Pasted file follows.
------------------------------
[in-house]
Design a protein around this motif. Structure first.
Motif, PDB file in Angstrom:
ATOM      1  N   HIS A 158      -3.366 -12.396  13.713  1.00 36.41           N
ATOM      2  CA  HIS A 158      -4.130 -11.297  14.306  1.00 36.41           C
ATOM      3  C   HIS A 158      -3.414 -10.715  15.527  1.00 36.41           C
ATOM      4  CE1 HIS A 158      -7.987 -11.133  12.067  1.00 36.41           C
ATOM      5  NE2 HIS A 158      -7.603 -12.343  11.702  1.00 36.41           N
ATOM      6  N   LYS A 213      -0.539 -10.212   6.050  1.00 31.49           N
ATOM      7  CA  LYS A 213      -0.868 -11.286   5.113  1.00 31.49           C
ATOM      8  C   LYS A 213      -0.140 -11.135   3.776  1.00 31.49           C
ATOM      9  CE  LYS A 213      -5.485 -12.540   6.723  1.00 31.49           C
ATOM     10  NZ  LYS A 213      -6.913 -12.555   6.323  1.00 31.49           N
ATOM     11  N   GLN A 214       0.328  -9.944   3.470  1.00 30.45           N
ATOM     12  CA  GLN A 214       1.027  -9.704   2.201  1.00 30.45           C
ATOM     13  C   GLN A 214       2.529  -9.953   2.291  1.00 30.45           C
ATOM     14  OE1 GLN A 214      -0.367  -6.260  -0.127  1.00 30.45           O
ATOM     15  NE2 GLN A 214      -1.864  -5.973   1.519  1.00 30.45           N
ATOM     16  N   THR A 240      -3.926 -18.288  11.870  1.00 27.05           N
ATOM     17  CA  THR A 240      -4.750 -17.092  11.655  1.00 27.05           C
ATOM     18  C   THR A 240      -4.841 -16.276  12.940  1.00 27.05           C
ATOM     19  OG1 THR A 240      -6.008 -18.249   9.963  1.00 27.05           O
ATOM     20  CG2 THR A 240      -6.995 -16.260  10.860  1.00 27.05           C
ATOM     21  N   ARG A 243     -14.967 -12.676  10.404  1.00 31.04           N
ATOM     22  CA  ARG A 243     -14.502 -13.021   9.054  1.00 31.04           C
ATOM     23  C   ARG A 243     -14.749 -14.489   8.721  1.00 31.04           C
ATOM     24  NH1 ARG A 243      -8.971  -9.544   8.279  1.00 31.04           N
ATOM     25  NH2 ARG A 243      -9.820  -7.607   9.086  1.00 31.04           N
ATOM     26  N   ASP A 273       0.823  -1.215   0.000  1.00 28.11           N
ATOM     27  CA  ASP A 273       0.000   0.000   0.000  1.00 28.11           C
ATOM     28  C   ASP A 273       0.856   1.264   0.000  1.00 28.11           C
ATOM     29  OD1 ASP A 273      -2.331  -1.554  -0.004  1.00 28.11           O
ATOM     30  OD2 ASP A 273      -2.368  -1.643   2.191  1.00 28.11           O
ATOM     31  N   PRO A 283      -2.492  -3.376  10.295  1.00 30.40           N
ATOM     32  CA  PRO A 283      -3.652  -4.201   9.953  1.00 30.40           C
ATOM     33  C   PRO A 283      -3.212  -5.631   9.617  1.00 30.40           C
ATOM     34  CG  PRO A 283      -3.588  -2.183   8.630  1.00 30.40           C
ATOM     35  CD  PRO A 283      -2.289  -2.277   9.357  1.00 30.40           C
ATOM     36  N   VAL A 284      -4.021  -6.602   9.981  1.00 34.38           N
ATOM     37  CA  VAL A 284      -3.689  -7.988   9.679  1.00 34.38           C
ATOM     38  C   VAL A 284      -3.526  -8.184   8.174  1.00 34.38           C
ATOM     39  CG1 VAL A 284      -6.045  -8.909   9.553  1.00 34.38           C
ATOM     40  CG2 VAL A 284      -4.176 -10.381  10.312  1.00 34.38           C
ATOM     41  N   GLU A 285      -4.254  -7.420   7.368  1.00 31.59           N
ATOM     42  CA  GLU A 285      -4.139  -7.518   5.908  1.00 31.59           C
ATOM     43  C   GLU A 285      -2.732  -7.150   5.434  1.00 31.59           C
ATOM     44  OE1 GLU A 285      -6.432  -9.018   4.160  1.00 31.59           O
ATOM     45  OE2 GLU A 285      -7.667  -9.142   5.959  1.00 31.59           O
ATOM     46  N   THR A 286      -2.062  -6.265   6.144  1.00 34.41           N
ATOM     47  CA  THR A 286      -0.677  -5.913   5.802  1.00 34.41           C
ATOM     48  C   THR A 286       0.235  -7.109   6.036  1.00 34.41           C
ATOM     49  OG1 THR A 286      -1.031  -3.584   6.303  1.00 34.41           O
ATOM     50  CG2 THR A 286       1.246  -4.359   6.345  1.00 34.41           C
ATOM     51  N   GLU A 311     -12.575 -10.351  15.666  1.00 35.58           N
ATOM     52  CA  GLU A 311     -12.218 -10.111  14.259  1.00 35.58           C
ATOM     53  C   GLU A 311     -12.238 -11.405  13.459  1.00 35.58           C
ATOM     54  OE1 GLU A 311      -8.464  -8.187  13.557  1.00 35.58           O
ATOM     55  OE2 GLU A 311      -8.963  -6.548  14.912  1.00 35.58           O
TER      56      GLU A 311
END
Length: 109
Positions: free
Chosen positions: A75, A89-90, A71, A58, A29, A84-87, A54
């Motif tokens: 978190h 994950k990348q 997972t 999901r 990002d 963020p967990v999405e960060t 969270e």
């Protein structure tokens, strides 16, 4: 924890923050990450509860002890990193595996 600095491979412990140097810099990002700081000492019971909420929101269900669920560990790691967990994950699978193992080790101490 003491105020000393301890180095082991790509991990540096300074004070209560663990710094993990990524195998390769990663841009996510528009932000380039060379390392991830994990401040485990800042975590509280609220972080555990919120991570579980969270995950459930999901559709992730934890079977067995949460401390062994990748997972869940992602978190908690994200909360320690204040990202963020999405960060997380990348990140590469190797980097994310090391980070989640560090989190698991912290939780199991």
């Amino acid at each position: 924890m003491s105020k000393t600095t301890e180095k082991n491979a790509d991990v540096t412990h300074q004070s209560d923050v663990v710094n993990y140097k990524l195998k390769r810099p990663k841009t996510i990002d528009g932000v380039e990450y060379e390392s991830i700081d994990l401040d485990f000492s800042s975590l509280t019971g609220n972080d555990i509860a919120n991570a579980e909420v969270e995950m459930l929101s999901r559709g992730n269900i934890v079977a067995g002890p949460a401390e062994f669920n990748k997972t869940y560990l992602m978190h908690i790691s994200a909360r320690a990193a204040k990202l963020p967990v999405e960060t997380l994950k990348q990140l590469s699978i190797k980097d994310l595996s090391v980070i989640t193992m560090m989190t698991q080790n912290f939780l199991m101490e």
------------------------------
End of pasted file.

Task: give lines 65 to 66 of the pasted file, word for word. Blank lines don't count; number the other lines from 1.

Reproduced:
């Protein structure tokens, strides 16, 4: 924890923050990450509860002890990193595996 600095491979412990140097810099990002700081000492019971909420929101269900669920560990790691967990994950699978193992080790101490 003491105020000393301890180095082991790509991990540096300074004070209560663990710094993990990524195998390769990663841009996510528009932000380039060379390392991830994990401040485990800042975590509280609220972080555990919120991570579980969270995950459930999901559709992730934890079977067995949460401390062994990748997972869940992602978190908690994200909360320690204040990202963020999405960060997380990348990140590469190797980097994310090391980070989640560090989190698991912290939780199991």
């Amino acid at each position: 924890m003491s105020k000393t600095t301890e180095k082991n491979a790509d991990v540096t412990h300074q004070s209560d923050v663990v710094n993990y140097k990524l195998k390769r810099p990663k841009t996510i990002d528009g932000v380039e990450y060379e390392s991830i700081d994990l401040d485990f000492s800042s975590l509280t019971g609220n972080d555990i509860a919120n991570a579980e909420v969270e995950m459930l929101s999901r559709g992730n269900i934890v079977a067995g002890p949460a401390e062994f669920n990748k997972t869940y560990l992602m978190h908690i790691s994200a909360r320690a990193a204040k990202l963020p967990v999405e960060t997380l994950k990348q990140l590469s699978i190797k980097d994310l595996s090391v980070i989640t193992m560090m989190t698991q080790n912290f939780l199991m101490e």